Las Vegas, Injury Lawyer, CPSC-Bike, Reserch, Bike Dangers

Las Vegas Injury Lawyer Research CPSC US Government Bike Danger Study


Bicycle riding is one of the most popular recreational activities in the United States.

The National Sporting Goods Association (1992) estimates that bicycle riding was the third

leading U.S. recreational activity in 1991, after exercise walking and swimming. In addition,

bicycle riding is an important means of transportation. The Bicycle Institute of America (1993)

estimates that there were about 4.3 million Americans who regularly commuted to work in


Bicycle riding is also a risky activity, as indicated by the large numbers of injuries and

deaths involving bicycles every year. According to the U.S. Consumer Product Safety

Commission's (CPSC) National Electronic Injury Surveillance System (NEISS), an injury

reporting system that consists of a statistical sample of the nation's hospital emergency rooms,

there have been about one-half million nonfatal bicycle-related injuries treated in hospital

emergency rooms every year since the early 1970s, when NEISS became operational. When

other medically-attended injuries are counted, such as injuries treated in physicians' offices,

there may be on the order of one million medically-attended injuries involving bicycles every

year. In addition, there are as many as 1,000 bicycle-related fatalities annually. The estimated

costs of these injuries and deaths to society are high -- approximately $8 billion annually -- and

suggest that injury reduction strategies with even modest levels of effectiveness could prove to

be cost-effective.

The CPSC has long had an interest in bicycle-related hazards and in promoting bicycle

safety. The agency began development of a mandatory standard for bicycles as one of its first

orders of business in 1973. The bicycle standard, which became effective in 1976,


set safety

requirements for reflectors, wheels and tires, chains, pedals, braking and steering systems, and

for structural components such as frames and forks. More recently, the Commission has

provided a substantial amount of information on bicycle safety to the public and encourages all

riders to use helmets.


Bicycle safety is also promoted by many other governmental and non-governmental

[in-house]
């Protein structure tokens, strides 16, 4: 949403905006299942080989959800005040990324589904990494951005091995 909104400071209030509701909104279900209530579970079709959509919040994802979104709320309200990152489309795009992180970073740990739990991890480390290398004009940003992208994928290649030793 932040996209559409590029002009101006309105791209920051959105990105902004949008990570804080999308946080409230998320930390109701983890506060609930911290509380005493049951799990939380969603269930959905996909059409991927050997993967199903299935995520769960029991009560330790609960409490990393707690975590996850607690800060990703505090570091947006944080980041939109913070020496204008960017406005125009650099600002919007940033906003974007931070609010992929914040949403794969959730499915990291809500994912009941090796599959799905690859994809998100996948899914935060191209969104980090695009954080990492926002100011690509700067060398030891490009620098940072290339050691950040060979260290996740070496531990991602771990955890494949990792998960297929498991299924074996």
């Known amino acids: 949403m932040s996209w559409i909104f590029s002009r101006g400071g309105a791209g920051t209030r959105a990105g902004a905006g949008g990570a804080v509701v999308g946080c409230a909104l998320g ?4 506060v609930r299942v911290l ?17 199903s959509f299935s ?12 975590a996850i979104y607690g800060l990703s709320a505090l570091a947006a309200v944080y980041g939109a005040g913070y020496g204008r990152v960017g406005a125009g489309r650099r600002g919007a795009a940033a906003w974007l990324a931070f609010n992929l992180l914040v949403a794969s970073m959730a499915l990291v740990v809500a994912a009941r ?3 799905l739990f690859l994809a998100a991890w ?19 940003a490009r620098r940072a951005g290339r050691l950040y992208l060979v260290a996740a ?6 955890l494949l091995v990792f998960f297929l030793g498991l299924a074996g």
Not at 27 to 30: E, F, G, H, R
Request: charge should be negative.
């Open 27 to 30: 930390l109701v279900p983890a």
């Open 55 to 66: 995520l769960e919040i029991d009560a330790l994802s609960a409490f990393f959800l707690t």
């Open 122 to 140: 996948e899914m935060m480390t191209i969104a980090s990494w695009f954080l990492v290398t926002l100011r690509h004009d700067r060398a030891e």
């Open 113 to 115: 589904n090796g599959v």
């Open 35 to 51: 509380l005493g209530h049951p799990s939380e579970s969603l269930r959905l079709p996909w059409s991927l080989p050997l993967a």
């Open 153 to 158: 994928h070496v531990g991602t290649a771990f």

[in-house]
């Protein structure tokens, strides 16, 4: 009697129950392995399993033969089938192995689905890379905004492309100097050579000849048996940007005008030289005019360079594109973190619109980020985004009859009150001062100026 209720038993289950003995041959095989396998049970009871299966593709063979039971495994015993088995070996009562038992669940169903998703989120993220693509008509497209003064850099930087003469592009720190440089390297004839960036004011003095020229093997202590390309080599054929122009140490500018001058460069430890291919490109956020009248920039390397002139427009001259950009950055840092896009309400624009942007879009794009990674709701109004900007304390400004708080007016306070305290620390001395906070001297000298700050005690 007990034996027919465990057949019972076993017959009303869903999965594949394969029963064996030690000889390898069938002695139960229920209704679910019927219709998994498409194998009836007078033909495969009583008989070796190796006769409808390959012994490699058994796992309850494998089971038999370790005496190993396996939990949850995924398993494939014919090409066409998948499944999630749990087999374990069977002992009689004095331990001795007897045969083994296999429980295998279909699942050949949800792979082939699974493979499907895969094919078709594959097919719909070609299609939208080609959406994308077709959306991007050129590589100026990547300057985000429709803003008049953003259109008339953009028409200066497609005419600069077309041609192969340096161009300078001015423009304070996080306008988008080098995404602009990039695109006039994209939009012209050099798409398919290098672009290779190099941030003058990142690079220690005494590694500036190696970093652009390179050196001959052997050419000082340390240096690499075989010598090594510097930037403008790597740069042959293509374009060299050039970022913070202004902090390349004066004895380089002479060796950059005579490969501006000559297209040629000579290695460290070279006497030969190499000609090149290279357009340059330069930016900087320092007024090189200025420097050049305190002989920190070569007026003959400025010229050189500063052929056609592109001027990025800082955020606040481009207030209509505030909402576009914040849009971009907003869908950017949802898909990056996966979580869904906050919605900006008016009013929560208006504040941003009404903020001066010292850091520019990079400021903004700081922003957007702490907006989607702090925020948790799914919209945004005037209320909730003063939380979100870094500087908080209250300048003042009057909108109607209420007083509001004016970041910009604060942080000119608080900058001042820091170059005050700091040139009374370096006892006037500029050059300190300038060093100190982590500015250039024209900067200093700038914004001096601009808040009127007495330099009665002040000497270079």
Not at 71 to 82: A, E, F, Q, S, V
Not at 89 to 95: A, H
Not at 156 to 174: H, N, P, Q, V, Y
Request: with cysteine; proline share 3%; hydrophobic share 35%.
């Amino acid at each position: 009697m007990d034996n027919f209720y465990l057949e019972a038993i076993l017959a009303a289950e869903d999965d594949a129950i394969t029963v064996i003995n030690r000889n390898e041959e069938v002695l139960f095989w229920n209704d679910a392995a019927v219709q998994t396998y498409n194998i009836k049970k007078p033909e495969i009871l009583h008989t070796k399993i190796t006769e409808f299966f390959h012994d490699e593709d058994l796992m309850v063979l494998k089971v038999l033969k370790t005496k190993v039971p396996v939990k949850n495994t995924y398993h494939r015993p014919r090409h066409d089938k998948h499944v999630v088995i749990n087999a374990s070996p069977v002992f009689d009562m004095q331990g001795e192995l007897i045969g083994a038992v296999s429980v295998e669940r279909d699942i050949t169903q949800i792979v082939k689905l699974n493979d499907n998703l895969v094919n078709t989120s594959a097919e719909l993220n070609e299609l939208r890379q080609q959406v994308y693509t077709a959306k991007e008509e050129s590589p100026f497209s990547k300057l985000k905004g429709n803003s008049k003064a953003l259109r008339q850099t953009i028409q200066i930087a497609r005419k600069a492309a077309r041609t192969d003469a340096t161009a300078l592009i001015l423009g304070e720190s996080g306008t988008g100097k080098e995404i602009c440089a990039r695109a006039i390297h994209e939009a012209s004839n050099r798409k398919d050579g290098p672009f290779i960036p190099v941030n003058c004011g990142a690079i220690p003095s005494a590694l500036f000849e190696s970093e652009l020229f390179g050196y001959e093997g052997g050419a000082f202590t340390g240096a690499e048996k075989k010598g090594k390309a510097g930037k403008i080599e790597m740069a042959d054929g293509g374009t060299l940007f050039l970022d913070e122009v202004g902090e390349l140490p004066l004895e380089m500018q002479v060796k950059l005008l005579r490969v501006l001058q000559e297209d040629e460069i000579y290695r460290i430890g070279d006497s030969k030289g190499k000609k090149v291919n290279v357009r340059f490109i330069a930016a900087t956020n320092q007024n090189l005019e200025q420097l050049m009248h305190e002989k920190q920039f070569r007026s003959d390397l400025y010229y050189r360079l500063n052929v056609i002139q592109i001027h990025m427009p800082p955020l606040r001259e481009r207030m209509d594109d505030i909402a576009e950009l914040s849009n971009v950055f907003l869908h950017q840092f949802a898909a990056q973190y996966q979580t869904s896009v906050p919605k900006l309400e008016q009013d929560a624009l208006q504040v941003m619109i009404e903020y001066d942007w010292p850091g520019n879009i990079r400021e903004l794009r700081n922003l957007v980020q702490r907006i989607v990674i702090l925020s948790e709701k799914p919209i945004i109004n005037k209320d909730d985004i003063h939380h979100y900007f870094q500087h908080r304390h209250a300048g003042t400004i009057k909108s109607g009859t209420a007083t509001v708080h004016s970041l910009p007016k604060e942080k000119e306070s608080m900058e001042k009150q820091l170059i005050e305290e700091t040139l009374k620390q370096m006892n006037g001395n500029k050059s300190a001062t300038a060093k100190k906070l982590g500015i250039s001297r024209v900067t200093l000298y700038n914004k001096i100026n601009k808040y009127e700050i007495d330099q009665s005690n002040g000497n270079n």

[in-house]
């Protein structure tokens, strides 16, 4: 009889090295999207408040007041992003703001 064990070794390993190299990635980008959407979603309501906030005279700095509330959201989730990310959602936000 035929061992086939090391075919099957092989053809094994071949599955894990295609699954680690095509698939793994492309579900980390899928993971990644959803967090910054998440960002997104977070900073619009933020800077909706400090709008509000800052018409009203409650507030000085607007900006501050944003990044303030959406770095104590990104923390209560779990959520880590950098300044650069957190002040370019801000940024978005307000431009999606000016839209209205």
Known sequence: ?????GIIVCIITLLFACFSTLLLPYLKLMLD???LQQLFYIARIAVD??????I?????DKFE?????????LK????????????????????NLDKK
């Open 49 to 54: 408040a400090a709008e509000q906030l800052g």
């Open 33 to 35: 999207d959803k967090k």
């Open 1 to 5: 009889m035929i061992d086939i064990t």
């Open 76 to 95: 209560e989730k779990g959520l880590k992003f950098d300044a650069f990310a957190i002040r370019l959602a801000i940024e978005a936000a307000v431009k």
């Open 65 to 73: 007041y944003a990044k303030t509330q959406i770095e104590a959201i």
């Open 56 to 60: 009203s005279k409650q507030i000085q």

organizations, and is of considerable interest to the health and safety research community. In

1991, Congress passed the Intermodal Surface Transportation Efficiency Act (ISTEA), an act

that required all states and metropolitan planning organizations incorporate programs and

facilities for bicyclists in their transportation plans. Also in 1991, the Department of

Transportation's (DOT) Appropriations Act instructed DOT to develop a plan to promote

bicycling and walking, and to enhance the safety of these transportation modes.

The interest of the health and safety community in bicycle safety is evidenced by the

large number of professional publications in the safety and medical literature. For the most

part, however, the published literature on bicycle hazards consists of injury analyses carried out

at the level of the individual hospital or in limited geographical areas. While these studies

provide valuable information about injury characteristics in various localities, there has never

been a comprehensive national study of bicycle use and hazard patterns designed to quantify

riding patterns and the rider and environmental factors associated with risk. Moreover, while

injuries resulting from bicycle-motor vehicle collisions have been evaluated extensively (Cross

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DISCLAIMER: Because of the generality of this update, the information provided herein may not be applicable in all situations and should not be acted upon without specific legal advice based on particular situations.

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